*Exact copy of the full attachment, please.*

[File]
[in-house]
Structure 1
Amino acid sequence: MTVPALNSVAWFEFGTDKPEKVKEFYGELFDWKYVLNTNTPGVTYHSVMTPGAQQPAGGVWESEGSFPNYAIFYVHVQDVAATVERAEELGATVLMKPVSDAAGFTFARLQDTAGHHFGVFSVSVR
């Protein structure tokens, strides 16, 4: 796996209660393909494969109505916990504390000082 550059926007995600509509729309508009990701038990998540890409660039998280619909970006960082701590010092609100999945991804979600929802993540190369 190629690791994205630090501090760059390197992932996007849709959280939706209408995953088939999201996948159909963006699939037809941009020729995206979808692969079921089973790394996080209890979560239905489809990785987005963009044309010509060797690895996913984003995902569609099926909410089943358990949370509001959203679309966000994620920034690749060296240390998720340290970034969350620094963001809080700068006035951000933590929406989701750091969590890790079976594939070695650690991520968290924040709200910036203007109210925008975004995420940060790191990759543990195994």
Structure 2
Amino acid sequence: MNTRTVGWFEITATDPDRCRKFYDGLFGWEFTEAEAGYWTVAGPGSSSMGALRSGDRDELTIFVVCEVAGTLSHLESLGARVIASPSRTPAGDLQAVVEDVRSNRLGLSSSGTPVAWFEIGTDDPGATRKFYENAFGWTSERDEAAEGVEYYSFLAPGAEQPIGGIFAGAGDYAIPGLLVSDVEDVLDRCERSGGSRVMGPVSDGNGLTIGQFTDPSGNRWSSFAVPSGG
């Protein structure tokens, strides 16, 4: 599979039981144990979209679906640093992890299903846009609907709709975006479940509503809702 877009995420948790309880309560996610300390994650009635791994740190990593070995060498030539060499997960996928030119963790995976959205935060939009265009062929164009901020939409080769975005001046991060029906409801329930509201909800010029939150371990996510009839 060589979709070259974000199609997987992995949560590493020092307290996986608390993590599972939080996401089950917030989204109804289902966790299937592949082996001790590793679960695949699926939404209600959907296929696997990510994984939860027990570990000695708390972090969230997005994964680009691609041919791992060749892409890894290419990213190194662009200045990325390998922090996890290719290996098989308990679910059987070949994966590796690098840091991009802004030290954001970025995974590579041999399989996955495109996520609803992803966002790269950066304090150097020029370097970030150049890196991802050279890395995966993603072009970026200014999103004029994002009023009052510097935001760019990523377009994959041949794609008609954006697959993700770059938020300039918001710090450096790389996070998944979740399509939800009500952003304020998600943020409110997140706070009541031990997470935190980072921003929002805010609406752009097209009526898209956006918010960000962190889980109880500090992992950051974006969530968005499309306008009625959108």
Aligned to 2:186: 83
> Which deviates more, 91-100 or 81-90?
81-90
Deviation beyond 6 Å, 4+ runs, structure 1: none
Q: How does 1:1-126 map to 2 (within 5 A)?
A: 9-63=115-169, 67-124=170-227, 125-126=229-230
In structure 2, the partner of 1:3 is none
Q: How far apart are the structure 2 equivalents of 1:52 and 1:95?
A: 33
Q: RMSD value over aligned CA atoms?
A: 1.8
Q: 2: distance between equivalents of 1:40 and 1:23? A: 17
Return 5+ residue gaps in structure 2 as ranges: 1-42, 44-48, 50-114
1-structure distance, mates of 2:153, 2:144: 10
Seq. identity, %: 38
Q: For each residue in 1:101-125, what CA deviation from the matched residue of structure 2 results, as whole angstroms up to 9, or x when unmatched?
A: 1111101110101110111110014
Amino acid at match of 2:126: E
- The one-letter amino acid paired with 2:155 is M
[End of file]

[in-house]
Structure 1
Amino acid sequence: MTVPALNSVAWFEFGTDKPEKVKEFYGELFDWKYVLNTNTPGVTYHSVMTPGAQQPAGGVWESEGSFPNYAIFYVHVQDVAATVERAEELGATVLMKPVSDAAGFTFARLQDTAGHHFGVFSVSVR
């Protein structure tokens, strides 16, 4: 796996209660393909494969109505916990504390000082 550059926007995600509509729309508009990701038990998540890409660039998280619909970006960082701590010092609100999945991804979600929802993540190369 190629690791994205630090501090760059390197992932996007849709959280939706209408995953088939999201996948159909963006699939037809941009020729995206979808692969079921089973790394996080209890979560239905489809990785987005963009044309010509060797690895996913984003995902569609099926909410089943358990949370509001959203679309966000994620920034690749060296240390998720340290970034969350620094963001809080700068006035951000933590929406989701750091969590890790079976594939070695650690991520968290924040709200910036203007109210925008975004995420940060790191990759543990195994």
Structure 2
Amino acid sequence: MNTRTVGWFEITATDPDRCRKFYDGLFGWEFTEAEAGYWTVAGPGSSSMGALRSGDRDELTIFVVCEVAGTLSHLESLGARVIASPSRTPAGDLQAVVEDVRSNRLGLSSSGTPVAWFEIGTDDPGATRKFYENAFGWTSERDEAAEGVEYYSFLAPGAEQPIGGIFAGAGDYAIPGLLVSDVEDVLDRCERSGGSRVMGPVSDGNGLTIGQFTDPSGNRWSSFAVPSGG
């Protein structure tokens, strides 16, 4: 599979039981144990979209679906640093992890299903846009609907709709975006479940509503809702 877009995420948790309880309560996610300390994650009635791994740190990593070995060498030539060499997960996928030119963790995976959205935060939009265009062929164009901020939409080769975005001046991060029906409801329930509201909800010029939150371990996510009839 060589979709070259974000199609997987992995949560590493020092307290996986608390993590599972939080996401089950917030989204109804289902966790299937592949082996001790590793679960695949699926939404209600959907296929696997990510994984939860027990570990000695708390972090969230997005994964680009691609041919791992060749892409890894290419990213190194662009200045990325390998922090996890290719290996098989308990679910059987070949994966590796690098840091991009802004030290954001970025995974590579041999399989996955495109996520609803992803966002790269950066304090150097020029370097970030150049890196991802050279890395995966993603072009970026200014999103004029994002009023009052510097935001760019990523377009994959041949794609008609954006697959993700770059938020300039918001710090450096790389996070998944979740399509939800009500952003304020998600943020409110997140706070009541031990997470935190980072921003929002805010609406752009097209009526898209956006918010960000962190889980109880500090992992950051974006969530968005499309306008009625959108």
Aligned to 2:186: 83
> Which deviates more, 91-100 or 81-90?
81-90
Deviation beyond 6 Å, 4+ runs, structure 1: none
Q: How does 1:1-126 map to 2 (within 5 A)?
A: 9-63=115-169, 67-124=170-227, 125-126=229-230
In structure 2, the partner of 1:3 is none
Q: How far apart are the structure 2 equivalents of 1:52 and 1:95?
A: 33
Q: RMSD value over aligned CA atoms?
A: 1.8
Q: 2: distance between equivalents of 1:40 and 1:23? A: 17
Return 5+ residue gaps in structure 2 as ranges: 1-42, 44-48, 50-114
1-structure distance, mates of 2:153, 2:144: 10
Seq. identity, %: 38
Q: For each residue in 1:101-125, what CA deviation from the matched residue of structure 2 results, as whole angstroms up to 9, or x when unmatched?
A: 1111101110101110111110014
Amino acid at match of 2:126: E
- The one-letter amino acid paired with 2:155 is M